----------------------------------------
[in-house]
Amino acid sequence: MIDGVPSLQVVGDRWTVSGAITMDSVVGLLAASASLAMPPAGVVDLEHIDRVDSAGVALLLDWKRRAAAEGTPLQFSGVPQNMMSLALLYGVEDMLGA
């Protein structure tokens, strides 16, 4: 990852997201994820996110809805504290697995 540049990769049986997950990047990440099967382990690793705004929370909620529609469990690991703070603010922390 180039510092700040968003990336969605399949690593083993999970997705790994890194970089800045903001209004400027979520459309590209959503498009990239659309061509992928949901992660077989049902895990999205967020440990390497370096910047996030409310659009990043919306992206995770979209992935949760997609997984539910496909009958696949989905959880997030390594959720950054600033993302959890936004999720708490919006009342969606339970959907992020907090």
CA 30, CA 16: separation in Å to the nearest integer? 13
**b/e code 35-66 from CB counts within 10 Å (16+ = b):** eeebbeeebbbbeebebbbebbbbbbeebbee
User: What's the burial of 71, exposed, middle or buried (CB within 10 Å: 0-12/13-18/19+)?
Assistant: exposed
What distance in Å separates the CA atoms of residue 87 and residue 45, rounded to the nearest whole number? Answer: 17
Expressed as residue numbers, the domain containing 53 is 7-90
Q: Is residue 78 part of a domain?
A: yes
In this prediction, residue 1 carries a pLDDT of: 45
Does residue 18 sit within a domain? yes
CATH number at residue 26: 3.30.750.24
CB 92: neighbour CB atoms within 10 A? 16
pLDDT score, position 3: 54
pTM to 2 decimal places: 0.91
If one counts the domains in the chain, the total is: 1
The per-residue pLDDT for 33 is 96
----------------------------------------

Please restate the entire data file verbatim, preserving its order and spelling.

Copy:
[in-house]
Amino acid sequence: MIDGVPSLQVVGDRWTVSGAITMDSVVGLLAASASLAMPPAGVVDLEHIDRVDSAGVALLLDWKRRAAAEGTPLQFSGVPQNMMSLALLYGVEDMLGA
């Protein structure tokens, strides 16, 4: 990852997201994820996110809805504290697995 540049990769049986997950990047990440099967382990690793705004929370909620529609469990690991703070603010922390 180039510092700040968003990336969605399949690593083993999970997705790994890194970089800045903001209004400027979520459309590209959503498009990239659309061509992928949901992660077989049902895990999205967020440990390497370096910047996030409310659009990043919306992206995770979209992935949760997609997984539910496909009958696949989905959880997030390594959720950054600033993302959890936004999720708490919006009342969606339970959907992020907090």
CA 30, CA 16: separation in Å to the nearest integer? 13
**b/e code 35-66 from CB counts within 10 Å (16+ = b):** eeebbeeebbbbeebebbbebbbbbbeebbee
User: What's the burial of 71, exposed, middle or buried (CB within 10 Å: 0-12/13-18/19+)?
Assistant: exposed
What distance in Å separates the CA atoms of residue 87 and residue 45, rounded to the nearest whole number? Answer: 17
Expressed as residue numbers, the domain containing 53 is 7-90
Q: Is residue 78 part of a domain?
A: yes
In this prediction, residue 1 carries a pLDDT of: 45
Does residue 18 sit within a domain? yes
CATH number at residue 26: 3.30.750.24
CB 92: neighbour CB atoms within 10 A? 16
pLDDT score, position 3: 54
pTM to 2 decimal places: 0.91
If one counts the domains in the chain, the total is: 1
The per-residue pLDDT for 33 is 96